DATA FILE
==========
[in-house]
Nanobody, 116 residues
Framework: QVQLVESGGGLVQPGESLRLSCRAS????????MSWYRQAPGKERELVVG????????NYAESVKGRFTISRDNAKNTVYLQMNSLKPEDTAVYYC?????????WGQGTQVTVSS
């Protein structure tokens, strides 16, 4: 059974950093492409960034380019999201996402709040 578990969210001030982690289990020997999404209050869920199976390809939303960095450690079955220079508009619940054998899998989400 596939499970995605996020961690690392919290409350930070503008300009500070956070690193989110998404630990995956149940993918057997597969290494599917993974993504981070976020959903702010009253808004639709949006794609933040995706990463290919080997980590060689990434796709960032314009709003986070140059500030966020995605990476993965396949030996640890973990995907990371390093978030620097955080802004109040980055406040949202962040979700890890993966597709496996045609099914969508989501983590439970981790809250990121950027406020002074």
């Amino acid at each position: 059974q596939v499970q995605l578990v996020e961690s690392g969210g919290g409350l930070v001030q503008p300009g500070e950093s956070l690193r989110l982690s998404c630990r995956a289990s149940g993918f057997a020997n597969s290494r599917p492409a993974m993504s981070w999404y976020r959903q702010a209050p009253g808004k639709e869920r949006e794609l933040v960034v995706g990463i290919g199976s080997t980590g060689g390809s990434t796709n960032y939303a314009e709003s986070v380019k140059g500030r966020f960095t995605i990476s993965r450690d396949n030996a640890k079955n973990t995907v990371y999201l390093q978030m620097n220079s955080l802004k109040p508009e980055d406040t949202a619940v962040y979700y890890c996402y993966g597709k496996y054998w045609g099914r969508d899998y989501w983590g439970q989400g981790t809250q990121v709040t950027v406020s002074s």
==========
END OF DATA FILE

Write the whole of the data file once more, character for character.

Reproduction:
[in-house]
Nanobody, 116 residues
Framework: QVQLVESGGGLVQPGESLRLSCRAS????????MSWYRQAPGKERELVVG????????NYAESVKGRFTISRDNAKNTVYLQMNSLKPEDTAVYYC?????????WGQGTQVTVSS
């Protein structure tokens, strides 16, 4: 059974950093492409960034380019999201996402709040 578990969210001030982690289990020997999404209050869920199976390809939303960095450690079955220079508009619940054998899998989400 596939499970995605996020961690690392919290409350930070503008300009500070956070690193989110998404630990995956149940993918057997597969290494599917993974993504981070976020959903702010009253808004639709949006794609933040995706990463290919080997980590060689990434796709960032314009709003986070140059500030966020995605990476993965396949030996640890973990995907990371390093978030620097955080802004109040980055406040949202962040979700890890993966597709496996045609099914969508989501983590439970981790809250990121950027406020002074």
């Amino acid at each position: 059974q596939v499970q995605l578990v996020e961690s690392g969210g919290g409350l930070v001030q503008p300009g500070e950093s956070l690193r989110l982690s998404c630990r995956a289990s149940g993918f057997a020997n597969s290494r599917p492409a993974m993504s981070w999404y976020r959903q702010a209050p009253g808004k639709e869920r949006e794609l933040v960034v995706g990463i290919g199976s080997t980590g060689g390809s990434t796709n960032y939303a314009e709003s986070v380019k140059g500030r966020f960095t995605i990476s993965r450690d396949n030996a640890k079955n973990t995907v990371y999201l390093q978030m620097n220079s955080l802004k109040p508009e980055d406040t949202a619940v962040y979700y890890c996402y993966g597709k496996y054998w045609g099914r969508d899998y989501w983590g439970q989400g981790t809250q990121v709040t950027v406020s002074s």